A tray of cured meats served at British gastropub Martins West in Redwood City, Calif.: (clockwise, from top right) heritage pork pate; rabbit mortadella; chicken terrine; pork trotter terrine; beef bresaola; cured loin.
A tray of cured meats served at British gastropub Martins West in Redwood City, Calif.: (clockwise, from top right) heritage pork pate; rabbit mortadella; chicken terrine; pork trotter terrine; beef bresaola; cured loin. Guy Raz/NPR
In the San Francisco Bay Area, there is a salumi renaissance taking place.
"Salumi is the Italian word for cured meats," explains Mark Pastore, one of the owners of Boccalone, a salumeria in San Francisco's Ferry Building. The store sells "chubs" of cured meat like brown sugar and fennel salami, pancetta, spicy Italian sausage and pate di Campagna, made with ground pork tongue, liver, kidney and blood.
Local chefs and restaurateurs like Pastore are turning to centuries-old methods for curing meat, and it's no surprise that the revival is centered in the Bay Area.
Chef Michael Dotson, shown behind the bar at British gastropub Martins West, cures his own meat.
Chef Michael Dotson, shown behind the bar at British gastropub Martins West, cures his own meat. Guy Raz/NPR
Around the turn of the century, Italian immigrants settled in San Francisco and brought with them a rich tradition of salumi-making. The Bay Area's cool climate was ideal for curing meat. Immigrant families established companies like Molinari & Sons and Columbus Salame Co. around the turn of the century, making San Francisco the salami capital of the United States.
"We are going back to the roots of what some of those families did," Pastore tells NPR's Guy Raz. "We're working with, as much as possible, local pork with really high-quality salts and spices, and working in much smaller batches than the folks who've grown a lot bigger."
Pastore's partner in salumi-making is Chris Cosentino, the executive chef at Incanto and a former Iron Chef contestant.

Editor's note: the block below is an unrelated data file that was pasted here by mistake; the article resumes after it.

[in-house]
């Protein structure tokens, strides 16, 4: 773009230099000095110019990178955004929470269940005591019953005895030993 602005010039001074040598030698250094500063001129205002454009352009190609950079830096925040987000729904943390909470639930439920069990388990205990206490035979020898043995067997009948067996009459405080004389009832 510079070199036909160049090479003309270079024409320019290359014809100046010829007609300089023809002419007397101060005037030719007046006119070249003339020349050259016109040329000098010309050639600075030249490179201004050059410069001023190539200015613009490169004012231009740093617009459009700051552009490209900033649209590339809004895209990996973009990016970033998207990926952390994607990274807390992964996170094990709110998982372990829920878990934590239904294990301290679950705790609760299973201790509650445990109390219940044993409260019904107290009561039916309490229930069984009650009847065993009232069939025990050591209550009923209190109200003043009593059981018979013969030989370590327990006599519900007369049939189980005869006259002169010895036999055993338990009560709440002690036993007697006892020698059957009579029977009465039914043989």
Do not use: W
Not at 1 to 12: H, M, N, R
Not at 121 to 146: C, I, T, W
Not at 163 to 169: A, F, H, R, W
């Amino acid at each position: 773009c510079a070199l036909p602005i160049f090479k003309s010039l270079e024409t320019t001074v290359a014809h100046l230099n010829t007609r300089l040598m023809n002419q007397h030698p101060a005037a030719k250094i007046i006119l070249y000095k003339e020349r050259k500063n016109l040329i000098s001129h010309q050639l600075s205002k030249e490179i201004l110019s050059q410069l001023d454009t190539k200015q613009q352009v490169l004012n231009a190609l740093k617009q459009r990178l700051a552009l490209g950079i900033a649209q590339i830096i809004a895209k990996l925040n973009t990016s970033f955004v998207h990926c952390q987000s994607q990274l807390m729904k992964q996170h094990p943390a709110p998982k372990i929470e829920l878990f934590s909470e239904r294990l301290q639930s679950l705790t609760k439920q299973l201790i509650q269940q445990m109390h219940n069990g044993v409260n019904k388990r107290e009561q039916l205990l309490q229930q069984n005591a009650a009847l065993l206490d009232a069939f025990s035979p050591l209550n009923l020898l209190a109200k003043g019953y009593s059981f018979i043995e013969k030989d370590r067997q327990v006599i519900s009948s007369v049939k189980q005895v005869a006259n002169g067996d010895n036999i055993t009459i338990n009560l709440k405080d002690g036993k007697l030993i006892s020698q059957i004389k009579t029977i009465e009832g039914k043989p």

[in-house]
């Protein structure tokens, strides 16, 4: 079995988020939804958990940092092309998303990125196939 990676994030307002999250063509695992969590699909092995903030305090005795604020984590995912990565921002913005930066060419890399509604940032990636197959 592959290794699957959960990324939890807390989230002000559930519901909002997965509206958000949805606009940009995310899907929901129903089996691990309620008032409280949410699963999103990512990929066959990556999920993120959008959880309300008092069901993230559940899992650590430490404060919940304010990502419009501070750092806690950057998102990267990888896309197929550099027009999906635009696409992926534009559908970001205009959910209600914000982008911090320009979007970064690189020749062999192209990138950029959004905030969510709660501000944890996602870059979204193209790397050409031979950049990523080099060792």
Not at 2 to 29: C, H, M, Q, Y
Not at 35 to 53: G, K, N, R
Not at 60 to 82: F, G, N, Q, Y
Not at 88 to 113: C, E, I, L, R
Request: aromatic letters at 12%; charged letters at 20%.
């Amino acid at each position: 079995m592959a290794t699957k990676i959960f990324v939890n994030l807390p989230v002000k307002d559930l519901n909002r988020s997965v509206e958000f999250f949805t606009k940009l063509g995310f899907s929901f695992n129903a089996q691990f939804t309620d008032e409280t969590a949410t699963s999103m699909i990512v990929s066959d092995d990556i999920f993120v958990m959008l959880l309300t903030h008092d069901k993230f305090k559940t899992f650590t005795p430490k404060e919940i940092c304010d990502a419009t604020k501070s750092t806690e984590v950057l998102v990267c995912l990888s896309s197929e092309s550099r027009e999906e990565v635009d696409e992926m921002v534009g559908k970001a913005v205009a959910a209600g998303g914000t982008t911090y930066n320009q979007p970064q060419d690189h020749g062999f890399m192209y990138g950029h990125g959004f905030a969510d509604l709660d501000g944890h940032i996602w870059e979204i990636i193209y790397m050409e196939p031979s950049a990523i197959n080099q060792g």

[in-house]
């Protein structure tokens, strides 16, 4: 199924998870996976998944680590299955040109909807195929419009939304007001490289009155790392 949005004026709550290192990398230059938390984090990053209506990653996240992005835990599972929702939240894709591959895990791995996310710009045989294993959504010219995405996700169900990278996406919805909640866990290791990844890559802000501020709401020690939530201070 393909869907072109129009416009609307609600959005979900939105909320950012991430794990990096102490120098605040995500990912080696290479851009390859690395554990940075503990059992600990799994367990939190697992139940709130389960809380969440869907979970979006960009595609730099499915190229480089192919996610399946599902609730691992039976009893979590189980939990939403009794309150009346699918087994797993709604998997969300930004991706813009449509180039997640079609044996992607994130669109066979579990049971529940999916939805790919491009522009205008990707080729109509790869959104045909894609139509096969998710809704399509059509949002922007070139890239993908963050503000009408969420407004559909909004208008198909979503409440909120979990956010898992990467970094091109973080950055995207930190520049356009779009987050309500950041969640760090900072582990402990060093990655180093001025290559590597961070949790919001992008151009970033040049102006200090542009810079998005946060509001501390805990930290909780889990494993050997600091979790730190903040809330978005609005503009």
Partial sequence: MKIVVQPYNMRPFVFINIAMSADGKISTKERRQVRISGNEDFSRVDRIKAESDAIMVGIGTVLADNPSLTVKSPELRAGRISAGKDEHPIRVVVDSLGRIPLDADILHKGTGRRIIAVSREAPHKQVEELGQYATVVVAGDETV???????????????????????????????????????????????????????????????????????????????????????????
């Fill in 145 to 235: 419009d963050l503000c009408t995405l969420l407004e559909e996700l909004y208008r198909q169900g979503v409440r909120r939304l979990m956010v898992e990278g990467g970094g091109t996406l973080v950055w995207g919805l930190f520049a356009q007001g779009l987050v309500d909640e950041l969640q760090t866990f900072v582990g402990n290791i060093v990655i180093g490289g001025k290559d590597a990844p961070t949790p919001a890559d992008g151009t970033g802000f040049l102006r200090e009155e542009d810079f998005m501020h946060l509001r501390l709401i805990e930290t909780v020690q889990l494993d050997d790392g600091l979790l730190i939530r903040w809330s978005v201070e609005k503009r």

"We have this history here," says Cosentino. "You're seeing a younger generation of chefs who are not only teaching themselves patience, but also celebrating that history. Celebrating Italian history, celebrating French history, celebrating German history — it's everywhere. It doesn't just fit one culture."
A row of cured meats hangs in the meat locker at Boccalone in San Francisco.
A row of cured meats hangs in the meat locker at Boccalone in San Francisco. Guy Raz/NPR
Take a 30-minute drive south of San Francisco and you'll find the salumi tradition celebrated at a British gastropub called Martins West. The restaurant is another in a long line of establishments taking part in the salumi revival.
Chef Michael Dotson cures his own meat, which sometimes takes several months to a year to complete. As far as he's concerned, making your own salumi is just as much about sustainable living as it is about tradition.
"One of the last restaurants I worked at, we were known for our rack of lamb. And we went through 160 head of lamb a week. It would kill me every single day to sit there and see all these racks of lamb going out, knowing that there were all these parts of the animal someplace else," says Dotson. "We weren't doing our part to balance out the system."